The key word here is “valuable.” It’s what changes this definition from one that could describe almost any form of advertising or marketing. You can tell if a piece of content is the sort that could be part of a content marketing campaign if people seek it out, if people want to consume it, rather than avoiding it. So was VW’s 2014 “Game Day” commercial, which has been viewed on YouTube almost 18 million times as of the writing of this post, an ad, or content marketing? The answer is it’s both, depending on how it’s received by each individual who is exposed to it. The same will apply to any piece of content marketing you create, depending on whether the recipient received value from it or not. Of course the goal is to provide as much value from your content marketing to as much of your target audience as possible. At this point, despite this definition and explanation, you’re probably still wondering what exactly content marketing is. We can get more clarity by considering a few examples.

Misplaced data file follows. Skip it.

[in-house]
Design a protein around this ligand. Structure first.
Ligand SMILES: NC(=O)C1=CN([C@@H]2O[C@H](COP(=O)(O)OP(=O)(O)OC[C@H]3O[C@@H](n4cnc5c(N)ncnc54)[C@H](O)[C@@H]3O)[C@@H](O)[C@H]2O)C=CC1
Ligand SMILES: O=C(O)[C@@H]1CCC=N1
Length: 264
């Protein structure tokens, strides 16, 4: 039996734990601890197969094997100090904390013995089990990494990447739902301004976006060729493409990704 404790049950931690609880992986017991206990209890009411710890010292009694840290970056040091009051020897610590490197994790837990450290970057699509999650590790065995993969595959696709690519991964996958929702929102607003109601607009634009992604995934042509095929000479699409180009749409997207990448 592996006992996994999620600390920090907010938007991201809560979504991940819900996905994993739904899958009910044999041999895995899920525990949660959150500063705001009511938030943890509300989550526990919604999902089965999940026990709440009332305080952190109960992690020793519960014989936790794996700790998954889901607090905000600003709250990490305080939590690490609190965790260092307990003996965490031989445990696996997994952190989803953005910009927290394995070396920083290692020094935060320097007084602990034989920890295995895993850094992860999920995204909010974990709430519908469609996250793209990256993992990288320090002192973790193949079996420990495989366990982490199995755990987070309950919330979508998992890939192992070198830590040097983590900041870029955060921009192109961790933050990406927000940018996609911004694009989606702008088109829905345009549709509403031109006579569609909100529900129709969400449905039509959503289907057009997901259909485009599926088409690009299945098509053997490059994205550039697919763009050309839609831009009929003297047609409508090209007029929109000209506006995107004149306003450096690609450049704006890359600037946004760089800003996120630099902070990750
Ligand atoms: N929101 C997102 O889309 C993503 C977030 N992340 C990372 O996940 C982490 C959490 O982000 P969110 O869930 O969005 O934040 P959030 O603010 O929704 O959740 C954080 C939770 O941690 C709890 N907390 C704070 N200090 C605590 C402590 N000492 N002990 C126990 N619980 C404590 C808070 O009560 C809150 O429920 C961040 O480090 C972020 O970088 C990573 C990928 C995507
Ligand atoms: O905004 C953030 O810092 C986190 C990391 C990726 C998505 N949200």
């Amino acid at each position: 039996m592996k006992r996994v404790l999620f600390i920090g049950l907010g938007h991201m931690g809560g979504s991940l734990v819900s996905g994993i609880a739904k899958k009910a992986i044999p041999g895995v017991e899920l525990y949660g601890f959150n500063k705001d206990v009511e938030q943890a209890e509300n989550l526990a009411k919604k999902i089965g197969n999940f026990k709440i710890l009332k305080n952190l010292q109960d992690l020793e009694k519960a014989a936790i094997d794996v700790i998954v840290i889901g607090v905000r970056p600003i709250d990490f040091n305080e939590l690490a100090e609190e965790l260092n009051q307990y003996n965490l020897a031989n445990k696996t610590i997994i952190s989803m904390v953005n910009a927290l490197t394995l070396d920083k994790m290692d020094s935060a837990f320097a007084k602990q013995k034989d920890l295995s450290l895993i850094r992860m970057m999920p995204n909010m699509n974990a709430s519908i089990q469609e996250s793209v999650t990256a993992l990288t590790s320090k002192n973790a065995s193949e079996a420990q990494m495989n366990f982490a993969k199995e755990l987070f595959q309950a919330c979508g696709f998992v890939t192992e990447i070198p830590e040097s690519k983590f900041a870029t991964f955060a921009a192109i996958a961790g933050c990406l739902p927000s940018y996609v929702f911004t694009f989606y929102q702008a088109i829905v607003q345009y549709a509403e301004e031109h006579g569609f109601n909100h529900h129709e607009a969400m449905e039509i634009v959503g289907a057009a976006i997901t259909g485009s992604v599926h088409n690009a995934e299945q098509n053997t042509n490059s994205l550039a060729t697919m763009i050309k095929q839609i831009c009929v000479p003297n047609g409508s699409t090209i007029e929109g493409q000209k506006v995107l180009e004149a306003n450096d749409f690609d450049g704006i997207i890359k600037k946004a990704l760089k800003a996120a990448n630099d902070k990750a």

We recommend you document only as much as you need to in these guidelines. If your entire staff was magically whisked away to Tahiti tomorrow, would it matter to your company that the next group of writers properly respected your trademark? Probably. Would anyone care that you prefer the spelling "advisor" over "adviser"? That probably depends on whether the word is at all relevant to your business.

“Content marketing means creating and sharing valuable free content to attract and convert prospects into customers, and customers into repeat buyers. The type of content you share is closely related to what you sell; in other words, you’re educating people so that they know, like, and trust you enough to do business with you.” – Brian Clark, Copyblogger